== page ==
On a mobile device, we prefer mobile sites. It just makes sense to view content in a correctly-formatted way to better the viewing experience. If not, everything is far too see and requires a lot of zooming and panning. To prevent any hassle, Google has introduced a criteria for mobile-friendly sites. First and foremost, sites welcoming visitors with mobile devices should not be using software like Flash that is no longer supported. Text and images throughout the site should be readable without the zooming and panning as mentioned before. And spacing should be used so that there are no mis-taps.
This is how Google recommends you make your site mobile-friendly:
Source: Official Google Webmaster Central Blog
RelativeWare, the developer behind the app Form, has been acquired by Google. The developer announced today that it is joining Google, but development of Form will continue. Never heard of Form? It is an app available in the Mac App Store that mirrors an iOS app’s design while being worked on simultaneously. To celebrate, Form’s original $80 price has been kicked to the curb and it is now free.
Here is what RelativeWare had to say of the acquisition:
Today, with the help of Google, we’re making Form free on the Mac App Store. We want to get Form in the hands of as many people as possible, and this is our first step in accomplishing that goal.
We’ve just scratched the surface with prototyping. With the help of Google, we’ll be focused on improving the state of design and development tools.
Customers that purchased Form already are eligible for a refund. RelativeWare directs customers to the support email to take care of that. And when asked if the Form viewer would make its way to other platforms, the developer said “Stay tuned.” It looks like nothing but good things are ahead for RelativeWare.
The anticipation of receiving (or manually installing) a new Android update is mind blowing. Not only can’t you wait to see the new interface, but your also hoping the performance will dramatically improve. Unfortunately that’s not the case for a lot of Nexus 7 (2012) owners.
Many users are reporting that their tablet has become so slow and buggy with restarts that it’s “unusable.” One of the Google product experts suggested clearing the recovery cache partition, but unfortunately that hasn’t helped.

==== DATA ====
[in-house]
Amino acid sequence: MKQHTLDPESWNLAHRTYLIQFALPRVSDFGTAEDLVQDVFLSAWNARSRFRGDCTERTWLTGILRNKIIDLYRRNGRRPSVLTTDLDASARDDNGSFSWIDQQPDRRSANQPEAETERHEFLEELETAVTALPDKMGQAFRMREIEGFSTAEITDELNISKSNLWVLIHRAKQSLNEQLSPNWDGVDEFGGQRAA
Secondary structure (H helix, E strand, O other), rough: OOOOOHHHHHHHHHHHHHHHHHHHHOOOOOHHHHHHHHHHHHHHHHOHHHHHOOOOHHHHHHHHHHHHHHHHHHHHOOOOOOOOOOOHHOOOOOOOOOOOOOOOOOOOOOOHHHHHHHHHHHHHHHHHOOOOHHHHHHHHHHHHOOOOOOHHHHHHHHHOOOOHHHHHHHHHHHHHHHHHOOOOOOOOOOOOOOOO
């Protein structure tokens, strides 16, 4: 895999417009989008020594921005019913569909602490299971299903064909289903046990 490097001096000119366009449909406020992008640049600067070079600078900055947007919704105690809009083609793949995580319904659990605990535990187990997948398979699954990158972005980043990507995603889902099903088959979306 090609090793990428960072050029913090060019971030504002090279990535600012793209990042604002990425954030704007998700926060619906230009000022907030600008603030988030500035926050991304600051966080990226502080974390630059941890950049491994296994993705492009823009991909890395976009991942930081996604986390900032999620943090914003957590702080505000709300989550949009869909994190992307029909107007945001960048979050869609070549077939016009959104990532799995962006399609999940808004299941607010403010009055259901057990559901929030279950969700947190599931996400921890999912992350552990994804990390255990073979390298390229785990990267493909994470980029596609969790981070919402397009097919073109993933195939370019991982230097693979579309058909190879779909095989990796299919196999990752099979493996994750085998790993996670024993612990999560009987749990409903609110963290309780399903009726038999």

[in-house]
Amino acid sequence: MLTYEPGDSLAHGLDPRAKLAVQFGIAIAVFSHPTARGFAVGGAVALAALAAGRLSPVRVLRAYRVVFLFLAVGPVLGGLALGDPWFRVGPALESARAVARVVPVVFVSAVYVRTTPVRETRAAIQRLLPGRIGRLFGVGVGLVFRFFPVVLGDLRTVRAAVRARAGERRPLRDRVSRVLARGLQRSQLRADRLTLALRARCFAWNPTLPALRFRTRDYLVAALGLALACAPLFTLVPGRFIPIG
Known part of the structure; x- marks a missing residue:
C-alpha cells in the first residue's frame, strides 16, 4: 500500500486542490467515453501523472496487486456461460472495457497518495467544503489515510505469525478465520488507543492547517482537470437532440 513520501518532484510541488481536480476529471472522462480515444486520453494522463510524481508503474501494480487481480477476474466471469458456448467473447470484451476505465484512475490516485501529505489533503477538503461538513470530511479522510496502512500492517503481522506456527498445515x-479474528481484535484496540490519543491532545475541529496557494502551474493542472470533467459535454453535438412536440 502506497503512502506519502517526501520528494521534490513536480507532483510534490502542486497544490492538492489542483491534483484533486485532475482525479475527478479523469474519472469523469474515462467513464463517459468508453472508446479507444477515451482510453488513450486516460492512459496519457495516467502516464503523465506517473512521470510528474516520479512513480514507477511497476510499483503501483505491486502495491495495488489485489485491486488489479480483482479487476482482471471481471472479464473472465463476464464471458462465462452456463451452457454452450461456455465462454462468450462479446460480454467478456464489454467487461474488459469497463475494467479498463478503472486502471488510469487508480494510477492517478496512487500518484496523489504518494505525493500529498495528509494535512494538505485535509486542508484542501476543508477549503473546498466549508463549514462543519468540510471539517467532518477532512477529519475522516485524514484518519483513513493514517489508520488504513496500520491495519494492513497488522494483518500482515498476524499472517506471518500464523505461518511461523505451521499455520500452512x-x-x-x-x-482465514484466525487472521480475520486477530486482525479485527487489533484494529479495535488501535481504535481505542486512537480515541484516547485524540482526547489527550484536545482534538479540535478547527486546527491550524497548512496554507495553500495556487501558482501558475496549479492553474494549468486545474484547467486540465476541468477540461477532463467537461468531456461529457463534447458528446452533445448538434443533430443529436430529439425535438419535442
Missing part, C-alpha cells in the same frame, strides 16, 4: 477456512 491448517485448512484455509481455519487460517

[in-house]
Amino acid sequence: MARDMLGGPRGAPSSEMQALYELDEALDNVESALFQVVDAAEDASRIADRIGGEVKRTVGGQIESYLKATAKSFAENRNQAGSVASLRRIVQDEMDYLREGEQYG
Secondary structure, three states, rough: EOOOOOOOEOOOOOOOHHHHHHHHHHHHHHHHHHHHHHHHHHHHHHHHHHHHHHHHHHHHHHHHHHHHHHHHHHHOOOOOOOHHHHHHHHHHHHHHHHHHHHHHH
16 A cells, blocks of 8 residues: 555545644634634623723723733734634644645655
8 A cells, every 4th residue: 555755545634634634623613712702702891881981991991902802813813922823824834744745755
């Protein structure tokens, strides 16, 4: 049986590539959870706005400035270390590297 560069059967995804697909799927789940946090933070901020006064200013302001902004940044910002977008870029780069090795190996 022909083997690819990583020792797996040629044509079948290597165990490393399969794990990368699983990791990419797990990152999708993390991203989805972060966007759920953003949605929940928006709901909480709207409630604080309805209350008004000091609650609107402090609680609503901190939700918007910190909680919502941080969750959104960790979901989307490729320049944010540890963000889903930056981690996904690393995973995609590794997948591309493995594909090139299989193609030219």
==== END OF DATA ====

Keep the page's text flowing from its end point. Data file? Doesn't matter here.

Android One smartphones might be off to a slow start in terms of sales, but it also appears they are also off to a slow start in terms of updates. According to one of the manufacturers, Spice Mobility, the Dream Uno will receive the Lollipop update by the end of January 2015. More than likely, the Micromax A1 and the Karbonn Sparkle V will also get the update around the same time.
Since all Android One phones sport hardware specified by Google and updates come directly from them, you would think the update would be a little quicker. According to sources within Google, the update is ready, so it’s possible that it could start rolling in December. I guess only time will tell.
source: India Today
People are starting to receive the Nexus 6 in the mail and in-store through select carriers. Among the first things to do with a new device is purchasing accessories. And the go-to accessory for almost everyone is a case. Directly from Google, the Naked Tough Case is ready for ordering. It is a clear case that offers protection and functionality. On the back is an integrated stand that pops out for landscape viewing.
The Naked Tough Case for Nexus 6 costs $35 and will ship in 1-2 business days.
Source: Google Play
The Nexus 9 is getting another update (LRX21R), which should clean up some bugs. As usual, it will take at least a week to hit all devices, so the impatient types can download and install the factory image, which Google posted earlier today.
If you need help flashing it, you can check out our full instructions here. Alternatively, you can opt to manually install the over-the-air (OTA) update, which will keep your data, assuming your Nexus 9 isn’t unlocked. Click here for those very extensive instructions.
source: Google Factory Images
Android One, Google’s answer to get low cost smartphones into the hands of the next billion, seems to be off to a slow start. Micromax, Karbonn, and Spice offered Android One handsets in India from mid September. According to IDC, 8 million smartphones were shipped into India, and only about 2.5% of them were Android One devices.
Earlier this year, Google announced Android Auto (a version of Android designed to bring the Android platform into cars), and today the search engine giant has granted developers access to its APIs for this service. According to the company, this will enable mobile apps to “be extended to the car in a way that is optimized for the driving experience.”
Google is cconstantly working on improving their image search and recognition algorithms, and the latest research shows some really impressive results. Thanks to some recent advances in translation technology, Google’s image recognition can actually see a photo and describe what’s going on in the picture, like you can see above.
Not only is the algorithm able to recognize individual objects, but it can describe scenes and phrases. This could potentially help users to search for images based on a very specific phrase, or on the opposite end, help users see understand a picture when they can’t see the image, like when a slow data connection can’t manage it.
Back in 2013, Google Play Games launched giving developers the ability to implement game saves using the AppState API. The API made it easier for developers in that they didn’t need their own server for the saves. However, it was limited to only 4 slots of 256k of data, which wasn’t enough for some games.
Google followed up with a new Saved Games feature that used Google Drive and gave developers 3 MB per game and unlimited slots. This was introduced a few months ago at Google I/O, but the older AppState continued to exist.